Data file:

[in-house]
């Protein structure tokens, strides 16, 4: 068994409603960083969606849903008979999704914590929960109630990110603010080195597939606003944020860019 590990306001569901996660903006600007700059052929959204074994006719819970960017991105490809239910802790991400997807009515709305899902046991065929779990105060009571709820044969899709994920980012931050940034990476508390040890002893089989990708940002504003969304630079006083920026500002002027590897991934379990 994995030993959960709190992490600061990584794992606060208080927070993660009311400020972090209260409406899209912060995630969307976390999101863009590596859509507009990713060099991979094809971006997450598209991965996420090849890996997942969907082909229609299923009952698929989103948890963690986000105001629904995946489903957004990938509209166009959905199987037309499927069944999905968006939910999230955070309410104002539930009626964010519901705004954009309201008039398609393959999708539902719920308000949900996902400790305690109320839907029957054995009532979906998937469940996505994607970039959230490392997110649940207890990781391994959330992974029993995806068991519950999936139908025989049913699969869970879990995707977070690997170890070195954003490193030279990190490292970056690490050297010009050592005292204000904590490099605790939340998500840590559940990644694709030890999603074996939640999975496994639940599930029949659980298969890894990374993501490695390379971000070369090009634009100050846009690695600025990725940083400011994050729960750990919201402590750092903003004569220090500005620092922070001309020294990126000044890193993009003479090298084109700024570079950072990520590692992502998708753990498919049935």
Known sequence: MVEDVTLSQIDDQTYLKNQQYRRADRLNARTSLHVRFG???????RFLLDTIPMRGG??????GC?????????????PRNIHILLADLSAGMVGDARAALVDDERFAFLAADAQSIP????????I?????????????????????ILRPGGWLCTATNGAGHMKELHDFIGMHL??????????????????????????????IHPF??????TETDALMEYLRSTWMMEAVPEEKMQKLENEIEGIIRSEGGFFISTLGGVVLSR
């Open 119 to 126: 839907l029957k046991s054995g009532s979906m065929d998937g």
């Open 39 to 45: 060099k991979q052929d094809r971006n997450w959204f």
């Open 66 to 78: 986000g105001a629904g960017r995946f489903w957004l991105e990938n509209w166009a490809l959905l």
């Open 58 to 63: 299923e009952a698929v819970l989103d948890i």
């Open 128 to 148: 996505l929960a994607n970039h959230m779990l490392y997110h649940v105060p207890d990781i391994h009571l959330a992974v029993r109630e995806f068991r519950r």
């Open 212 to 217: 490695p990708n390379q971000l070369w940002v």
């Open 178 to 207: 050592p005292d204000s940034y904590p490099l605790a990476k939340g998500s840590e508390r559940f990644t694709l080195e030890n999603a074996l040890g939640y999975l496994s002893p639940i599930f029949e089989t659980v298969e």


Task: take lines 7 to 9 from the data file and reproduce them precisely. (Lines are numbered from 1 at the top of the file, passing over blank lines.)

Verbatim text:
């Open 58 to 63: 299923e009952a698929v819970l989103d948890i």
């Open 128 to 148: 996505l929960a994607n970039h959230m779990l490392y997110h649940v105060p207890d990781i391994h009571l959330a992974v029993r109630e995806f068991r519950r």
């Open 212 to 217: 490695p990708n390379q971000l070369w940002v």